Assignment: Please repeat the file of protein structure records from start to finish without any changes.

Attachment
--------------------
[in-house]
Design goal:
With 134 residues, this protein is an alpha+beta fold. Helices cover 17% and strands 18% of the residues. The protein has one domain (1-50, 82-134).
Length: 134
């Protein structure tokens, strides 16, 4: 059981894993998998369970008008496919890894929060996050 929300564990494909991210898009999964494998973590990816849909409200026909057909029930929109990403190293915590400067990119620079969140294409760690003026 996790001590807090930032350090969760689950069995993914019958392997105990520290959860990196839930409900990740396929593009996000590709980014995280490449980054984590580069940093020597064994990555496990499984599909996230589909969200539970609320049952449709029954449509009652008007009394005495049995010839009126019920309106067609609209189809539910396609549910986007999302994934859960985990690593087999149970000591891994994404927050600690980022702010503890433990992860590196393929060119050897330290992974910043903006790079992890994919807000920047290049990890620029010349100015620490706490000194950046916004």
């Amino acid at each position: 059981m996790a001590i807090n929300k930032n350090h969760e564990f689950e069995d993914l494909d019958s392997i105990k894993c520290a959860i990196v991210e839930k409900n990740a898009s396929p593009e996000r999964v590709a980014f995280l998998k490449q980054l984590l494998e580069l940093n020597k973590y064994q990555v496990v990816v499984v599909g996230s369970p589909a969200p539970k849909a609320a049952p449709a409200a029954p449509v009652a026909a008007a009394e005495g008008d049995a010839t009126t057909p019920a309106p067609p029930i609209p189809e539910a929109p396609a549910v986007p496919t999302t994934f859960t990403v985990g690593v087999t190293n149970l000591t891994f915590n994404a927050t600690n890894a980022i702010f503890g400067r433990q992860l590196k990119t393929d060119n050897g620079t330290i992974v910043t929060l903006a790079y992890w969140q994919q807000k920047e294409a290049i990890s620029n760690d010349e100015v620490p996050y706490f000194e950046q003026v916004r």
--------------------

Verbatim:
[in-house]
Design goal:
With 134 residues, this protein is an alpha+beta fold. Helices cover 17% and strands 18% of the residues. The protein has one domain (1-50, 82-134).
Length: 134
């Protein structure tokens, strides 16, 4: 059981894993998998369970008008496919890894929060996050 929300564990494909991210898009999964494998973590990816849909409200026909057909029930929109990403190293915590400067990119620079969140294409760690003026 996790001590807090930032350090969760689950069995993914019958392997105990520290959860990196839930409900990740396929593009996000590709980014995280490449980054984590580069940093020597064994990555496990499984599909996230589909969200539970609320049952449709029954449509009652008007009394005495049995010839009126019920309106067609609209189809539910396609549910986007999302994934859960985990690593087999149970000591891994994404927050600690980022702010503890433990992860590196393929060119050897330290992974910043903006790079992890994919807000920047290049990890620029010349100015620490706490000194950046916004």
């Amino acid at each position: 059981m996790a001590i807090n929300k930032n350090h969760e564990f689950e069995d993914l494909d019958s392997i105990k894993c520290a959860i990196v991210e839930k409900n990740a898009s396929p593009e996000r999964v590709a980014f995280l998998k490449q980054l984590l494998e580069l940093n020597k973590y064994q990555v496990v990816v499984v599909g996230s369970p589909a969200p539970k849909a609320a049952p449709a409200a029954p449509v009652a026909a008007a009394e005495g008008d049995a010839t009126t057909p019920a309106p067609p029930i609209p189809e539910a929109p396609a549910v986007p496919t999302t994934f859960t990403v985990g690593v087999t190293n149970l000591t891994f915590n994404a927050t600690n890894a980022i702010f503890g400067r433990q992860l590196k990119t393929d060119n050897g620079t330290i992974v910043t929060l903006a790079y992890w969140q994919q807000k920047e294409a290049i990890s620029n760690d010349e100015v620490p996050y706490f000194e950046q003026v916004r």